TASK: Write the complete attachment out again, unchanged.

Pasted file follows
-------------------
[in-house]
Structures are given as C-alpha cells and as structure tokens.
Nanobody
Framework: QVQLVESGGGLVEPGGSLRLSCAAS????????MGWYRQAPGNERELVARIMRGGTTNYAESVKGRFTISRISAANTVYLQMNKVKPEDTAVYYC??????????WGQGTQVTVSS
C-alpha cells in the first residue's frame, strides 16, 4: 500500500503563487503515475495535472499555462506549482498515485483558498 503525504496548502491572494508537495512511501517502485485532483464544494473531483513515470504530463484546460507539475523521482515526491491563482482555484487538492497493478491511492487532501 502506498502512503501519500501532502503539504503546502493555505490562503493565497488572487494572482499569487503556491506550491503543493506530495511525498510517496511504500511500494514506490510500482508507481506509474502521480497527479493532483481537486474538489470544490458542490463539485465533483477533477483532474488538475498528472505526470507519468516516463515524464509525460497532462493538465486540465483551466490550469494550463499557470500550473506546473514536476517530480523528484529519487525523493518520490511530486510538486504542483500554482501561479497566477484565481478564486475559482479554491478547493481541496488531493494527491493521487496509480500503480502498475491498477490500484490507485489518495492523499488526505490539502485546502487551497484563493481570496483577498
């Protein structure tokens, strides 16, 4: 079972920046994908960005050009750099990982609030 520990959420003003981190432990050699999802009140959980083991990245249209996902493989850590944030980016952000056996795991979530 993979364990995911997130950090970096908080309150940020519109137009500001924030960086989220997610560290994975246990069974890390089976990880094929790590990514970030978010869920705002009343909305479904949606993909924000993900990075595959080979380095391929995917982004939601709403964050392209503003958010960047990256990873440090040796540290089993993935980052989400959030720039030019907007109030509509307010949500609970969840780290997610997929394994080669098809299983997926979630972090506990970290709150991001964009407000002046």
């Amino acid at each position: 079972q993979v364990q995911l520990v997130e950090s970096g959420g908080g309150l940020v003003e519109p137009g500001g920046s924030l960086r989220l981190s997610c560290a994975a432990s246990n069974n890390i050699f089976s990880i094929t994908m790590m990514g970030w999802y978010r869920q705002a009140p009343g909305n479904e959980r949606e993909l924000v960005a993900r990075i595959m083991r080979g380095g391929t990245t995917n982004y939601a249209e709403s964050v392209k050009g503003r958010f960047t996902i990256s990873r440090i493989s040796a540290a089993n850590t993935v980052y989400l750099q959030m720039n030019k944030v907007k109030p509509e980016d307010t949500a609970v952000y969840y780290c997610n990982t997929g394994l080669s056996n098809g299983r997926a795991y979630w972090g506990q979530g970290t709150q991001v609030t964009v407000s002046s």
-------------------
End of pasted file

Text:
[in-house]
Structures are given as C-alpha cells and as structure tokens.
Nanobody
Framework: QVQLVESGGGLVEPGGSLRLSCAAS????????MGWYRQAPGNERELVARIMRGGTTNYAESVKGRFTISRISAANTVYLQMNKVKPEDTAVYYC??????????WGQGTQVTVSS
C-alpha cells in the first residue's frame, strides 16, 4: 500500500503563487503515475495535472499555462506549482498515485483558498 503525504496548502491572494508537495512511501517502485485532483464544494473531483513515470504530463484546460507539475523521482515526491491563482482555484487538492497493478491511492487532501 502506498502512503501519500501532502503539504503546502493555505490562503493565497488572487494572482499569487503556491506550491503543493506530495511525498510517496511504500511500494514506490510500482508507481506509474502521480497527479493532483481537486474538489470544490458542490463539485465533483477533477483532474488538475498528472505526470507519468516516463515524464509525460497532462493538465486540465483551466490550469494550463499557470500550473506546473514536476517530480523528484529519487525523493518520490511530486510538486504542483500554482501561479497566477484565481478564486475559482479554491478547493481541496488531493494527491493521487496509480500503480502498475491498477490500484490507485489518495492523499488526505490539502485546502487551497484563493481570496483577498
């Protein structure tokens, strides 16, 4: 079972920046994908960005050009750099990982609030 520990959420003003981190432990050699999802009140959980083991990245249209996902493989850590944030980016952000056996795991979530 993979364990995911997130950090970096908080309150940020519109137009500001924030960086989220997610560290994975246990069974890390089976990880094929790590990514970030978010869920705002009343909305479904949606993909924000993900990075595959080979380095391929995917982004939601709403964050392209503003958010960047990256990873440090040796540290089993993935980052989400959030720039030019907007109030509509307010949500609970969840780290997610997929394994080669098809299983997926979630972090506990970290709150991001964009407000002046």
């Amino acid at each position: 079972q993979v364990q995911l520990v997130e950090s970096g959420g908080g309150l940020v003003e519109p137009g500001g920046s924030l960086r989220l981190s997610c560290a994975a432990s246990n069974n890390i050699f089976s990880i094929t994908m790590m990514g970030w999802y978010r869920q705002a009140p009343g909305n479904e959980r949606e993909l924000v960005a993900r990075i595959m083991r080979g380095g391929t990245t995917n982004y939601a249209e709403s964050v392209k050009g503003r958010f960047t996902i990256s990873r440090i493989s040796a540290a089993n850590t993935v980052y989400l750099q959030m720039n030019k944030v907007k109030p509509e980016d307010t949500a609970v952000y969840y780290c997610n990982t997929g394994l080669s056996n098809g299983r997926a795991y979630w972090g506990q979530g970290t709150q991001v609030t964009v407000s002046s």